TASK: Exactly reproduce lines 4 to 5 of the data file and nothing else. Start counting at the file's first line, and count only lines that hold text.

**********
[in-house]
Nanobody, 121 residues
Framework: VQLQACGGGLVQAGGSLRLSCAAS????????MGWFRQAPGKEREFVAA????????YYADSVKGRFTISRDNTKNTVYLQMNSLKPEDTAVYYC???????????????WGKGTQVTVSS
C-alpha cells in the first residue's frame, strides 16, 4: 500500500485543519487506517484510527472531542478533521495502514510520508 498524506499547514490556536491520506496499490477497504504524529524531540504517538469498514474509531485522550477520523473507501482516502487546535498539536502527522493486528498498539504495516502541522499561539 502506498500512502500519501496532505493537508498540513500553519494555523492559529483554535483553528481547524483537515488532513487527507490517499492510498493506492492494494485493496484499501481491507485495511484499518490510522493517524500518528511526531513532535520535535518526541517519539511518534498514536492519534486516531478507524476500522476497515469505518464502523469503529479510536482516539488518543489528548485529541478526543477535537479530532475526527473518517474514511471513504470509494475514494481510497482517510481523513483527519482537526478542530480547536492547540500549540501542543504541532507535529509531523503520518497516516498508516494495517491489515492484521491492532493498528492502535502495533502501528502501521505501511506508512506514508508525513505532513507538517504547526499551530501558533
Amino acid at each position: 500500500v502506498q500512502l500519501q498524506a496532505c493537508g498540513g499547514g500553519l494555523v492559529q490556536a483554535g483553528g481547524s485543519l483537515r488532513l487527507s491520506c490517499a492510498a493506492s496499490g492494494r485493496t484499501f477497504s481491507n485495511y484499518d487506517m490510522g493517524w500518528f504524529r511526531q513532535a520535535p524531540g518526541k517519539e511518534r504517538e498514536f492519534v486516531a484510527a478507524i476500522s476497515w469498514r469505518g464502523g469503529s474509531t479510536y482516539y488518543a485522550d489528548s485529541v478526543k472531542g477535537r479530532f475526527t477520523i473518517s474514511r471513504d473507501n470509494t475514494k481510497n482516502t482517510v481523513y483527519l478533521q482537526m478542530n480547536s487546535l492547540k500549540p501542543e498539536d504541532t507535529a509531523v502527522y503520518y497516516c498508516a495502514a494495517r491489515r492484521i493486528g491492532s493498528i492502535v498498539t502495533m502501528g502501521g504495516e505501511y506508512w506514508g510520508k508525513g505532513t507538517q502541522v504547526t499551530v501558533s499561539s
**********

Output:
C-alpha cells in the first residue's frame, strides 16, 4: 500500500485543519487506517484510527472531542478533521495502514510520508 498524506499547514490556536491520506496499490477497504504524529524531540504517538469498514474509531485522550477520523473507501482516502487546535498539536502527522493486528498498539504495516502541522499561539 502506498500512502500519501496532505493537508498540513500553519494555523492559529483554535483553528481547524483537515488532513487527507490517499492510498493506492492494494485493496484499501481491507485495511484499518490510522493517524500518528511526531513532535520535535518526541517519539511518534498514536492519534486516531478507524476500522476497515469505518464502523469503529479510536482516539488518543489528548485529541478526543477535537479530532475526527473518517474514511471513504470509494475514494481510497482517510481523513483527519482537526478542530480547536492547540500549540501542543504541532507535529509531523503520518497516516498508516494495517491489515492484521491492532493498528492502535502495533502501528502501521505501511506508512506514508508525513505532513507538517504547526499551530501558533
Amino acid at each position: 500500500v502506498q500512502l500519501q498524506a496532505c493537508g498540513g499547514g500553519l494555523v492559529q490556536a483554535g483553528g481547524s485543519l483537515r488532513l487527507s491520506c490517499a492510498a493506492s496499490g492494494r485493496t484499501f477497504s481491507n485495511y484499518d487506517m490510522g493517524w500518528f504524529r511526531q513532535a520535535p524531540g518526541k517519539e511518534r504517538e498514536f492519534v486516531a484510527a478507524i476500522s476497515w469498514r469505518g464502523g469503529s474509531t479510536y482516539y488518543a485522550d489528548s485529541v478526543k472531542g477535537r479530532f475526527t477520523i473518517s474514511r471513504d473507501n470509494t475514494k481510497n482516502t482517510v481523513y483527519l478533521q482537526m478542530n480547536s487546535l492547540k500549540p501542543e498539536d504541532t507535529a509531523v502527522y503520518y497516516c498508516a495502514a494495517r491489515r492484521i493486528g491492532s493498528i492502535v498498539t502495533m502501528g502501521g504495516e505501511y506508512w506514508g510520508k508525513g505532513t507538517q502541522v504547526t499551530v501558533s499561539s